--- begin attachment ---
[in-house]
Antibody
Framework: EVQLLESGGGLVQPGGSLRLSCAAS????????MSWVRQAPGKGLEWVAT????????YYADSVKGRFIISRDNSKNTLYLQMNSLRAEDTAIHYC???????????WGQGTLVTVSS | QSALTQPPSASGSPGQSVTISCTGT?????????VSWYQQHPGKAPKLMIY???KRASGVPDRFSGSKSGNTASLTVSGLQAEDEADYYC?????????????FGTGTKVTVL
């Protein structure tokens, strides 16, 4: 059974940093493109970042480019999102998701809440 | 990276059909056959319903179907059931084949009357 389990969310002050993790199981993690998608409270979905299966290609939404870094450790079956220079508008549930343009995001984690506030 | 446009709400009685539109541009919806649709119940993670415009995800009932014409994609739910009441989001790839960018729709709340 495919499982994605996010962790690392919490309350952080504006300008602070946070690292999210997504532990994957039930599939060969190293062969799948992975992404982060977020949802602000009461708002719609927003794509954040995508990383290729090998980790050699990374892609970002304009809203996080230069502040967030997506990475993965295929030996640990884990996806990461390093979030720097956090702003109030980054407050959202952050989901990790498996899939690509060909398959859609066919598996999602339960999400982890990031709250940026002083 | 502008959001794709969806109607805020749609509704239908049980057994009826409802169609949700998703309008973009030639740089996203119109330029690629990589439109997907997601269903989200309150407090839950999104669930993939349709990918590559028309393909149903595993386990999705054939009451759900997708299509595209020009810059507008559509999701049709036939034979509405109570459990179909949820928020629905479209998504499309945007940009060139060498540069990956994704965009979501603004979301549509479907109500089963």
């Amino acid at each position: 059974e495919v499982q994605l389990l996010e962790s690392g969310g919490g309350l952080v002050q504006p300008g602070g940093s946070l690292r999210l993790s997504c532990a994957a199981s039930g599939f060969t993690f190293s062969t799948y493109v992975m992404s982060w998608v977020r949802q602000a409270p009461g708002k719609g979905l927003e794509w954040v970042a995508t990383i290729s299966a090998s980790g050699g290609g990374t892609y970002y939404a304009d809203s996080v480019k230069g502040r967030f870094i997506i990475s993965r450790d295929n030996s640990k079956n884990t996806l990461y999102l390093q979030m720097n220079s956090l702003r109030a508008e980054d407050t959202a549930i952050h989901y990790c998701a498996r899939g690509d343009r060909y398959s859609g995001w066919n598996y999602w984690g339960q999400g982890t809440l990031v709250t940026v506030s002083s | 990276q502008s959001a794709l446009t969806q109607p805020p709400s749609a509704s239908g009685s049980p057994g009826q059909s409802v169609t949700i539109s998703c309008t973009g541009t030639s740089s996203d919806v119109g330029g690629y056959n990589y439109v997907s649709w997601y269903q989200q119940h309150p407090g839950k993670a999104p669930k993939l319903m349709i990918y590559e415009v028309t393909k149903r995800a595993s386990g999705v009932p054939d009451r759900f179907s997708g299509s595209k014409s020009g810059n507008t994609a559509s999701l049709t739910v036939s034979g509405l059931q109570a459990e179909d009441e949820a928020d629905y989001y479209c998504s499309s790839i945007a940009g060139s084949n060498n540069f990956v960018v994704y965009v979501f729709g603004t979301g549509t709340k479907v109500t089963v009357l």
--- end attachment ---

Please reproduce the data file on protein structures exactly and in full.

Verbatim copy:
[in-house]
Antibody
Framework: EVQLLESGGGLVQPGGSLRLSCAAS????????MSWVRQAPGKGLEWVAT????????YYADSVKGRFIISRDNSKNTLYLQMNSLRAEDTAIHYC???????????WGQGTLVTVSS | QSALTQPPSASGSPGQSVTISCTGT?????????VSWYQQHPGKAPKLMIY???KRASGVPDRFSGSKSGNTASLTVSGLQAEDEADYYC?????????????FGTGTKVTVL
């Protein structure tokens, strides 16, 4: 059974940093493109970042480019999102998701809440 | 990276059909056959319903179907059931084949009357 389990969310002050993790199981993690998608409270979905299966290609939404870094450790079956220079508008549930343009995001984690506030 | 446009709400009685539109541009919806649709119940993670415009995800009932014409994609739910009441989001790839960018729709709340 495919499982994605996010962790690392919490309350952080504006300008602070946070690292999210997504532990994957039930599939060969190293062969799948992975992404982060977020949802602000009461708002719609927003794509954040995508990383290729090998980790050699990374892609970002304009809203996080230069502040967030997506990475993965295929030996640990884990996806990461390093979030720097956090702003109030980054407050959202952050989901990790498996899939690509060909398959859609066919598996999602339960999400982890990031709250940026002083 | 502008959001794709969806109607805020749609509704239908049980057994009826409802169609949700998703309008973009030639740089996203119109330029690629990589439109997907997601269903989200309150407090839950999104669930993939349709990918590559028309393909149903595993386990999705054939009451759900997708299509595209020009810059507008559509999701049709036939034979509405109570459990179909949820928020629905479209998504499309945007940009060139060498540069990956994704965009979501603004979301549509479907109500089963």
């Amino acid at each position: 059974e495919v499982q994605l389990l996010e962790s690392g969310g919490g309350l952080v002050q504006p300008g602070g940093s946070l690292r999210l993790s997504c532990a994957a199981s039930g599939f060969t993690f190293s062969t799948y493109v992975m992404s982060w998608v977020r949802q602000a409270p009461g708002k719609g979905l927003e794509w954040v970042a995508t990383i290729s299966a090998s980790g050699g290609g990374t892609y970002y939404a304009d809203s996080v480019k230069g502040r967030f870094i997506i990475s993965r450790d295929n030996s640990k079956n884990t996806l990461y999102l390093q979030m720097n220079s956090l702003r109030a508008e980054d407050t959202a549930i952050h989901y990790c998701a498996r899939g690509d343009r060909y398959s859609g995001w066919n598996y999602w984690g339960q999400g982890t809440l990031v709250t940026v506030s002083s | 990276q502008s959001a794709l446009t969806q109607p805020p709400s749609a509704s239908g009685s049980p057994g009826q059909s409802v169609t949700i539109s998703c309008t973009g541009t030639s740089s996203d919806v119109g330029g690629y056959n990589y439109v997907s649709w997601y269903q989200q119940h309150p407090g839950k993670a999104p669930k993939l319903m349709i990918y590559e415009v028309t393909k149903r995800a595993s386990g999705v009932p054939d009451r759900f179907s997708g299509s595209k014409s020009g810059n507008t994609a559509s999701l049709t739910v036939s034979g509405l059931q109570a459990e179909d009441e949820a928020d629905y989001y479209c998504s499309s790839i945007a940009g060139s084949n060498n540069f990956v960018v994704y965009v979501f729709g603004t979301g549509t709340k479907v109500t089963v009357l």